Things have come far since I started writing and editing submissions for a newsletter a decade ago. While I had access to a laptop, it didn’t occur to me to use it when I interviewed subjects for my pieces. Instead, it was the usual notebook and tape recorder. Thankfully, those days of interpreting my scribbles, and then of rewinding tape, listening, and painstakingly transcribing the interview, are gone for good.
Instead, there are apps! The first thing I did when I finalized the agreement with my client to write his memoir/autobiography was to explore recording apps. I had already upgraded my technology with a MacBook, and now I needed something I could download to my Mac to replace the tape recorder.
What I found was AudioNote, a notepad and voice recorder app put out by Luminant Software. Designed for note-taking students and employees, this app is also perfect for interviewing a client or the subject of an article. It allows the user to record the subject and at the same time take notes using the keyboard.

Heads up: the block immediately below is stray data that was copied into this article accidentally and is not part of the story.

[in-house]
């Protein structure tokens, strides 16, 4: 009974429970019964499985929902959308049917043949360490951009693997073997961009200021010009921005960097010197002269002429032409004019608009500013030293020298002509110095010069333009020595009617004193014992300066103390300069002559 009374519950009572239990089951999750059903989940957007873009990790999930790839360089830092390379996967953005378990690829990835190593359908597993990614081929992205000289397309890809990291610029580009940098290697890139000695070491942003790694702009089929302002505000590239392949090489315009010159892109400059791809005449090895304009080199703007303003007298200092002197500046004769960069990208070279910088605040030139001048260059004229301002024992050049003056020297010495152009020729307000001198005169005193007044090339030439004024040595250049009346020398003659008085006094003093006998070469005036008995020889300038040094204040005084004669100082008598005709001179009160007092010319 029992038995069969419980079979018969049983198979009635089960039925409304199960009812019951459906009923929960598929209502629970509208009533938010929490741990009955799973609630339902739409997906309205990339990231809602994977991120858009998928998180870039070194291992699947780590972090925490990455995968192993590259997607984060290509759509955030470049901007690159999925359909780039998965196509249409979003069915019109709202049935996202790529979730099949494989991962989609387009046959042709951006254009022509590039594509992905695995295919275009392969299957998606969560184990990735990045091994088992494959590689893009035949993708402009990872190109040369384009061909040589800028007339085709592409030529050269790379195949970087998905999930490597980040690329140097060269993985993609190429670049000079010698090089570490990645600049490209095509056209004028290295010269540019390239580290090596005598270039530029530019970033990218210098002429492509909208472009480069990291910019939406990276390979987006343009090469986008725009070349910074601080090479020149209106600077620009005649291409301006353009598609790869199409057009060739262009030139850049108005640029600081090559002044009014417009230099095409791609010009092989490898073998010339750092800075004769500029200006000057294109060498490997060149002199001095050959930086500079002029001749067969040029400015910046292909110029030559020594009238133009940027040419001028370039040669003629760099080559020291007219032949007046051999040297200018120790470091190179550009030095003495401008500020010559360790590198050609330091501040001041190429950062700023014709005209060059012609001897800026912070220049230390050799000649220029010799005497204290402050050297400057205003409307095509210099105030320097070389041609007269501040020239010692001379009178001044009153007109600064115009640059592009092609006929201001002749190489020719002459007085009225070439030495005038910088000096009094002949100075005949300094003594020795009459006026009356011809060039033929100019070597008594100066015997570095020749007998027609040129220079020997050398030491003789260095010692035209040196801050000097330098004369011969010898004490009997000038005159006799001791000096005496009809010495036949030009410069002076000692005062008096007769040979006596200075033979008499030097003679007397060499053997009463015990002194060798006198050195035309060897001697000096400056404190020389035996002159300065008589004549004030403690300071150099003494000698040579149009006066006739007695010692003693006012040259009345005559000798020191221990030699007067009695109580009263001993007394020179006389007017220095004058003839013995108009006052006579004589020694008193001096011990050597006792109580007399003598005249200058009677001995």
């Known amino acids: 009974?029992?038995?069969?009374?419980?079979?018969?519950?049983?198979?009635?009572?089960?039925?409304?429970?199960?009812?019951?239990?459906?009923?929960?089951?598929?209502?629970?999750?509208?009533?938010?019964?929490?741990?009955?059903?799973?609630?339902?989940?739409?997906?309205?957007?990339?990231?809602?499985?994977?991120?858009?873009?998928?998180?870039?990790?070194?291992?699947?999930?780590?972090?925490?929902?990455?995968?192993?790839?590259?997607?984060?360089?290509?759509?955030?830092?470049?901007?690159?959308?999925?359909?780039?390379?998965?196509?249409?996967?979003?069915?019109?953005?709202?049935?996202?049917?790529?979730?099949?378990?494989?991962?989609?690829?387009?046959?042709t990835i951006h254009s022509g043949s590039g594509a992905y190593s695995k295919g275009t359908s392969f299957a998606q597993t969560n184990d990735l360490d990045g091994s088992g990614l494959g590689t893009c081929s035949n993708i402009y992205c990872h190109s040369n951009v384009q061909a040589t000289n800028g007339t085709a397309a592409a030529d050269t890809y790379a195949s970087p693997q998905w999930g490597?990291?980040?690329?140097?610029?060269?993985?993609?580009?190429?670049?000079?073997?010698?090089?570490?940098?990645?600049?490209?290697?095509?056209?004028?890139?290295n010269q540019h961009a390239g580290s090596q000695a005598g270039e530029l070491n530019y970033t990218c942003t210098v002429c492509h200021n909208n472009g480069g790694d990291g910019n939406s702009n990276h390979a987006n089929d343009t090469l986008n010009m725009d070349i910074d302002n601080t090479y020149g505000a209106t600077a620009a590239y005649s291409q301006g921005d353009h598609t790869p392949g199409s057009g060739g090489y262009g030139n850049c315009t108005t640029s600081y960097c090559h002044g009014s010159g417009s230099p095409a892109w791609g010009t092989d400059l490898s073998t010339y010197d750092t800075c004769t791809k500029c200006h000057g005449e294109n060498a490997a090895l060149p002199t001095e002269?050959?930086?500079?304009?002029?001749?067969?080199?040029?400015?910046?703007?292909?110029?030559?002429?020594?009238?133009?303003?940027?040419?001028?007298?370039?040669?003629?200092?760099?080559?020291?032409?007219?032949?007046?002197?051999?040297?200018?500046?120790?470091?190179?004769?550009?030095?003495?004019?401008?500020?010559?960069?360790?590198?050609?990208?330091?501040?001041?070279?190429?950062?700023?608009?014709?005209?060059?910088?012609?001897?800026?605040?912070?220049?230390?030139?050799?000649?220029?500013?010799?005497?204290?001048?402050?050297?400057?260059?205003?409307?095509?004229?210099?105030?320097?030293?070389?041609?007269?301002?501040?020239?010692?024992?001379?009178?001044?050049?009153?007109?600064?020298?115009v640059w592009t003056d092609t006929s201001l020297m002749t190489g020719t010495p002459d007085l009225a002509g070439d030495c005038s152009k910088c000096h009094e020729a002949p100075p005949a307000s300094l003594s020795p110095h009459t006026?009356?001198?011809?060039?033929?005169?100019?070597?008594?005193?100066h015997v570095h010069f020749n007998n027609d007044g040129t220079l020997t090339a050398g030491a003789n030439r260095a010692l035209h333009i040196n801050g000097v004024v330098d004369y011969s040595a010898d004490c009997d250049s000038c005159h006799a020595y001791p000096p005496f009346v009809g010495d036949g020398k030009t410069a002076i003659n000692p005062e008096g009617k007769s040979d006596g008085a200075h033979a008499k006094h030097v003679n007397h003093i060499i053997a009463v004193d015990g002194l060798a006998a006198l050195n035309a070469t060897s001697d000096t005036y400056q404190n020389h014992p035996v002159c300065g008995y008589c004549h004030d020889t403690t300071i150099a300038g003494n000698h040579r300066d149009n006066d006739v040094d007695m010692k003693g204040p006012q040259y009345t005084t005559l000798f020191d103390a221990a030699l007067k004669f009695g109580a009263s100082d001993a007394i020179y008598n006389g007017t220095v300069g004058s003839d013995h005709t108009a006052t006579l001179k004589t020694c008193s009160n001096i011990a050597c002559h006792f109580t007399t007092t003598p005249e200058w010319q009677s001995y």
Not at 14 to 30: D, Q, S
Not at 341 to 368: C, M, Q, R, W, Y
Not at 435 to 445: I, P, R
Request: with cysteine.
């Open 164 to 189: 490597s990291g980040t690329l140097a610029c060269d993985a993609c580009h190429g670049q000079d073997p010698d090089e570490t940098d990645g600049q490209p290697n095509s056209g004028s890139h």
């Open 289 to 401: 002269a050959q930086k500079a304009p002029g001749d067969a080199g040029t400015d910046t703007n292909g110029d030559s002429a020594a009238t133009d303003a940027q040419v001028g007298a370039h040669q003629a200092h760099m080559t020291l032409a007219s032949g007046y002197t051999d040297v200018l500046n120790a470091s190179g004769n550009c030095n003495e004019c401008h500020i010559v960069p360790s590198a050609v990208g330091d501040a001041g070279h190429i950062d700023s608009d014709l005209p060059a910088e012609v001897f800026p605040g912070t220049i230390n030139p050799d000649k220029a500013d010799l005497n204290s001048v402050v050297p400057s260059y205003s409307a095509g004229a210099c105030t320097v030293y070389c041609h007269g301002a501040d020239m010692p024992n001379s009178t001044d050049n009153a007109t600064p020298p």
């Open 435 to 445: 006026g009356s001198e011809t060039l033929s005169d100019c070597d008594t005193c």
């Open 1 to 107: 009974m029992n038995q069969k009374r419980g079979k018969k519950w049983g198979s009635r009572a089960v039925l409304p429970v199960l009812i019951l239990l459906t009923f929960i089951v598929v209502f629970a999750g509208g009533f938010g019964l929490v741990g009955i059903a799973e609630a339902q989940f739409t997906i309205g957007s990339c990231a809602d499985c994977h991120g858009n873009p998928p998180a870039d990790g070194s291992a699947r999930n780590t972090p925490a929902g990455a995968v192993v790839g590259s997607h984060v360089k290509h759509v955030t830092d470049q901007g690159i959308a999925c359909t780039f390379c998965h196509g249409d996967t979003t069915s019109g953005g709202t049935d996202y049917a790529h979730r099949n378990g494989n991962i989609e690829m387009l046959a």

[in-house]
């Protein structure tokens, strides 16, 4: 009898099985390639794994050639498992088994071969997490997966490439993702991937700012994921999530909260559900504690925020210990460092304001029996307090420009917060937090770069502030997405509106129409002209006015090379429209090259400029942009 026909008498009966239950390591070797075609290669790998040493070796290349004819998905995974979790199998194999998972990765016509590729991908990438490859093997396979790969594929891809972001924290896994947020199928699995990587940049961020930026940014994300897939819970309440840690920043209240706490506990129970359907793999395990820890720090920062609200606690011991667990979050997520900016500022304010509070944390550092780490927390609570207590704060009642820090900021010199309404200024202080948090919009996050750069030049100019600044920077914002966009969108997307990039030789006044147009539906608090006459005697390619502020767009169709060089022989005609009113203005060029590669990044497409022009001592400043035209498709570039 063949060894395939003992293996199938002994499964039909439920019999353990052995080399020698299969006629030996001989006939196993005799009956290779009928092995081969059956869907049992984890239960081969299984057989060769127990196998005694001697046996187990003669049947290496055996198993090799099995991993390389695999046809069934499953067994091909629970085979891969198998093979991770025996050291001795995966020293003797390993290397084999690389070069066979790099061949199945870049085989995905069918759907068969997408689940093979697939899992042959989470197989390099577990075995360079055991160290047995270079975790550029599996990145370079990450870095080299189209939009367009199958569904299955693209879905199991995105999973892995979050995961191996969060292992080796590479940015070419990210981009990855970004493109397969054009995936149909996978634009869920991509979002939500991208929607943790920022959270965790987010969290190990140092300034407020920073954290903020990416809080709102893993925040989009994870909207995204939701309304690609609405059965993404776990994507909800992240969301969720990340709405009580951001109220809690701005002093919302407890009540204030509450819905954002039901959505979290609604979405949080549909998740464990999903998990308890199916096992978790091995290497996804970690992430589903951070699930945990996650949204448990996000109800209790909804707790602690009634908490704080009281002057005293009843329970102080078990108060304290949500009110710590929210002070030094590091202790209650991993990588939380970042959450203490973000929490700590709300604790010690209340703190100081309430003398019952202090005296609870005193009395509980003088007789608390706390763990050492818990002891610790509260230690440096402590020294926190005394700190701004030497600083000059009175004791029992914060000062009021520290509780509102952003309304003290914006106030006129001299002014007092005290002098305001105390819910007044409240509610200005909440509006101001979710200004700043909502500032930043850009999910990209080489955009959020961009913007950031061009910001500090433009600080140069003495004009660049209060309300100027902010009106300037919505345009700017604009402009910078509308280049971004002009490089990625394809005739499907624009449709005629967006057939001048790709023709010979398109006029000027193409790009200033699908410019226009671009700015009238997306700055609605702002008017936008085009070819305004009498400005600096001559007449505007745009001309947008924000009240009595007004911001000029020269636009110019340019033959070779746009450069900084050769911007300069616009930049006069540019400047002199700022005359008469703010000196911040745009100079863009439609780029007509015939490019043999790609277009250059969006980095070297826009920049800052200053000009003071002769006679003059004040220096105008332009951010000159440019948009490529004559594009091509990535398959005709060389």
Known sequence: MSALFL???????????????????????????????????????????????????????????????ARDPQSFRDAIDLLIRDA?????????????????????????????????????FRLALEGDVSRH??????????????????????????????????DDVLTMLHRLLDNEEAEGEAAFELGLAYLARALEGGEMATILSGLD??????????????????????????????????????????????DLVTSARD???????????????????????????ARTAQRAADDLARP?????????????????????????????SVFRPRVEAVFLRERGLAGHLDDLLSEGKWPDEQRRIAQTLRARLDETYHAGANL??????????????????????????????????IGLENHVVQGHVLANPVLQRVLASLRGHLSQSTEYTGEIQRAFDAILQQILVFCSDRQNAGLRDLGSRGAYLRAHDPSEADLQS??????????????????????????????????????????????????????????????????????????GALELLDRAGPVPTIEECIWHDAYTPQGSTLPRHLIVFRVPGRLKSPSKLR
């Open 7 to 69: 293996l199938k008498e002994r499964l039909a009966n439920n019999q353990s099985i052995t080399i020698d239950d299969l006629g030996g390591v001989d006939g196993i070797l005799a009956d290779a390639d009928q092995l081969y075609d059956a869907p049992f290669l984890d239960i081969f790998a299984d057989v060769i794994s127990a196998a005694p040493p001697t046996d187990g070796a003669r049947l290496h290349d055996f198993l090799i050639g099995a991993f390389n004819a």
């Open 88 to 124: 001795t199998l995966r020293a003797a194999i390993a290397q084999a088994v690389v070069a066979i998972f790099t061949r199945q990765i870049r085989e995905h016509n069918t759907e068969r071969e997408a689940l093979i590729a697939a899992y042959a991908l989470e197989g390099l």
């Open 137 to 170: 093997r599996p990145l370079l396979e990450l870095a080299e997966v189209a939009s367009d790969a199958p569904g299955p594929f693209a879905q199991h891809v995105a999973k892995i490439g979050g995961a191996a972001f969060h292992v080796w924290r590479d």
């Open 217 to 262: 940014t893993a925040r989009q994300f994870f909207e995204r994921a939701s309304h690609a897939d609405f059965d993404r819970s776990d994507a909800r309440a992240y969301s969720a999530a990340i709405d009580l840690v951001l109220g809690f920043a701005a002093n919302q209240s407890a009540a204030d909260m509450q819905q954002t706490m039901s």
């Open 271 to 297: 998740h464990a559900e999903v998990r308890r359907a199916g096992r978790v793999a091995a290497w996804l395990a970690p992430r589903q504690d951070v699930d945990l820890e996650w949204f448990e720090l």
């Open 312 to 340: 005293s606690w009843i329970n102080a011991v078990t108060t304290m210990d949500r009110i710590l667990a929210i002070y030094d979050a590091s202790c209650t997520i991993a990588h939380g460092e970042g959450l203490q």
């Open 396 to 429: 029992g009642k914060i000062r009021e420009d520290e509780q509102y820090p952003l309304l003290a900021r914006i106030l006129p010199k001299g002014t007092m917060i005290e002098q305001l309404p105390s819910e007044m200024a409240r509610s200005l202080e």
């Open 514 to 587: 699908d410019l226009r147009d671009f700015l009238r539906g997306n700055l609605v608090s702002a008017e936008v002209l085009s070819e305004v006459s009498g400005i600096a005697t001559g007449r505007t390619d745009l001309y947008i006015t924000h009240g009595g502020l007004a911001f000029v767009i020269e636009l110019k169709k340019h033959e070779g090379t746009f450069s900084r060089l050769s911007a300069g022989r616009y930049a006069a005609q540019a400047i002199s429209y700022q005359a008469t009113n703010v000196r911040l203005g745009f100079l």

I love the features of this app. The interface looks like a notepad―this can be customized to be blank or lined in white or legal pad yellow―at the top of which is a simple toolbar with commands for recording, playback, “rewinding” and fast forwarding. There are also commands that allow the user to edit the text and highlight in yellow, as well as a drawing tool. (I use this last tool to check off passages I have already incorporated into the manuscript.)
This is a very easy app to learn and to use. Once you start typing, the app begins to record the time. During playback of the recording, the words you typed at that point in the recording appear in blue highlight, allowing you to keep the notes and audio in context. You can also tap on a word during playback using the select tool to jump to the time in the recording when it was made.
The AutioNote app is a good deal at only $4.99, or try AudioNote Lite for a free trial run. At 14 interviews and counting, it has not failed me yet.